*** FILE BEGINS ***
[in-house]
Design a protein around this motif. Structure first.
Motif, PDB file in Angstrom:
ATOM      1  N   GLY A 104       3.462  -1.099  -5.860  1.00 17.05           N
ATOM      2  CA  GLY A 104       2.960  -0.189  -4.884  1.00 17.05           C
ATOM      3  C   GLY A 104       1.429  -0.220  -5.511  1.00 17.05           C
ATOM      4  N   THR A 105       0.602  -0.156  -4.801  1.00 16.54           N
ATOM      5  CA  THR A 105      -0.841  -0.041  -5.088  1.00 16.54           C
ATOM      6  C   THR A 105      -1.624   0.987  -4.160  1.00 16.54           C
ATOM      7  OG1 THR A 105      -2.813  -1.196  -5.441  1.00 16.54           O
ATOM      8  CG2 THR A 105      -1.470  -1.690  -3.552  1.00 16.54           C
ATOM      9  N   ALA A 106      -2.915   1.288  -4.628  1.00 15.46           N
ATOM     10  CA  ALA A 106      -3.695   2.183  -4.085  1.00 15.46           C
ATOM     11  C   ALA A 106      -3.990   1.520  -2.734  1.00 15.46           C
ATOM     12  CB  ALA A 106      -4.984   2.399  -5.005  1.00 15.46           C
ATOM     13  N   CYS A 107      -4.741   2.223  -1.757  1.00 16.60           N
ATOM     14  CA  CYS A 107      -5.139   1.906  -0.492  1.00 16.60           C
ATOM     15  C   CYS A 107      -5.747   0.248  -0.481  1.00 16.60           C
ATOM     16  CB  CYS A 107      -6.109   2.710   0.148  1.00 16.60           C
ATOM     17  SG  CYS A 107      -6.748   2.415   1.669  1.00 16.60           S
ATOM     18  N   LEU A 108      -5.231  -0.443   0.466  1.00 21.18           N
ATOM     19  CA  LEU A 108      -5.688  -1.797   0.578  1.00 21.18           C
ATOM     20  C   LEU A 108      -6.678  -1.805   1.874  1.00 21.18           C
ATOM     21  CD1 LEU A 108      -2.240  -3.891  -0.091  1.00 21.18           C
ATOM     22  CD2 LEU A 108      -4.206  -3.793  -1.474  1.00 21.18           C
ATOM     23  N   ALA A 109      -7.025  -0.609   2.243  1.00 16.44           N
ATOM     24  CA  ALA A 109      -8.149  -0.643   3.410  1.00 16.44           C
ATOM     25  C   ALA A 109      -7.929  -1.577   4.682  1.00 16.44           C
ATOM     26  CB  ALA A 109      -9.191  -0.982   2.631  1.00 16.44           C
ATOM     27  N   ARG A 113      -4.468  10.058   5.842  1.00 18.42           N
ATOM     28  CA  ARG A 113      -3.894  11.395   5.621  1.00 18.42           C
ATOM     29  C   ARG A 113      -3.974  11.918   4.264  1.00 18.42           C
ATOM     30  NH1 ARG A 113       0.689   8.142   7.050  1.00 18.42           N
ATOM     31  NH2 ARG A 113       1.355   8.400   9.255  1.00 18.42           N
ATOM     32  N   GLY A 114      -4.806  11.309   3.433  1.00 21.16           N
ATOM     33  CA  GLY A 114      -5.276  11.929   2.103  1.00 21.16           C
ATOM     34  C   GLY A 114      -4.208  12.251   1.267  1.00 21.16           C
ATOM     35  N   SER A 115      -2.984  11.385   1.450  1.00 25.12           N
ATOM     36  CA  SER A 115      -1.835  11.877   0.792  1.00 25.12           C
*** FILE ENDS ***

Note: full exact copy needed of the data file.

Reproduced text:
[in-house]
Design a protein around this motif. Structure first.
Motif, PDB file in Angstrom:
ATOM      1  N   GLY A 104       3.462  -1.099  -5.860  1.00 17.05           N
ATOM      2  CA  GLY A 104       2.960  -0.189  -4.884  1.00 17.05           C
ATOM      3  C   GLY A 104       1.429  -0.220  -5.511  1.00 17.05           C
ATOM      4  N   THR A 105       0.602  -0.156  -4.801  1.00 16.54           N
ATOM      5  CA  THR A 105      -0.841  -0.041  -5.088  1.00 16.54           C
ATOM      6  C   THR A 105      -1.624   0.987  -4.160  1.00 16.54           C
ATOM      7  OG1 THR A 105      -2.813  -1.196  -5.441  1.00 16.54           O
ATOM      8  CG2 THR A 105      -1.470  -1.690  -3.552  1.00 16.54           C
ATOM      9  N   ALA A 106      -2.915   1.288  -4.628  1.00 15.46           N
ATOM     10  CA  ALA A 106      -3.695   2.183  -4.085  1.00 15.46           C
ATOM     11  C   ALA A 106      -3.990   1.520  -2.734  1.00 15.46           C
ATOM     12  CB  ALA A 106      -4.984   2.399  -5.005  1.00 15.46           C
ATOM     13  N   CYS A 107      -4.741   2.223  -1.757  1.00 16.60           N
ATOM     14  CA  CYS A 107      -5.139   1.906  -0.492  1.00 16.60           C
ATOM     15  C   CYS A 107      -5.747   0.248  -0.481  1.00 16.60           C
ATOM     16  CB  CYS A 107      -6.109   2.710   0.148  1.00 16.60           C
ATOM     17  SG  CYS A 107      -6.748   2.415   1.669  1.00 16.60           S
ATOM     18  N   LEU A 108      -5.231  -0.443   0.466  1.00 21.18           N
ATOM     19  CA  LEU A 108      -5.688  -1.797   0.578  1.00 21.18           C
ATOM     20  C   LEU A 108      -6.678  -1.805   1.874  1.00 21.18           C
ATOM     21  CD1 LEU A 108      -2.240  -3.891  -0.091  1.00 21.18           C
ATOM     22  CD2 LEU A 108      -4.206  -3.793  -1.474  1.00 21.18           C
ATOM     23  N   ALA A 109      -7.025  -0.609   2.243  1.00 16.44           N
ATOM     24  CA  ALA A 109      -8.149  -0.643   3.410  1.00 16.44           C
ATOM     25  C   ALA A 109      -7.929  -1.577   4.682  1.00 16.44           C
ATOM     26  CB  ALA A 109      -9.191  -0.982   2.631  1.00 16.44           C
ATOM     27  N   ARG A 113      -4.468  10.058   5.842  1.00 18.42           N
ATOM     28  CA  ARG A 113      -3.894  11.395   5.621  1.00 18.42           C
ATOM     29  C   ARG A 113      -3.974  11.918   4.264  1.00 18.42           C
ATOM     30  NH1 ARG A 113       0.689   8.142   7.050  1.00 18.42           N
ATOM     31  NH2 ARG A 113       1.355   8.400   9.255  1.00 18.42           N
ATOM     32  N   GLY A 114      -4.806  11.309   3.433  1.00 21.16           N
ATOM     33  CA  GLY A 114      -5.276  11.929   2.103  1.00 21.16           C
ATOM     34  C   GLY A 114      -4.208  12.251   1.267  1.00 21.16           C
ATOM     35  N   SER A 115      -2.984  11.385   1.450  1.00 25.12           N
ATOM     36  CA  SER A 115      -1.835  11.877   0.792  1.00 25.12           C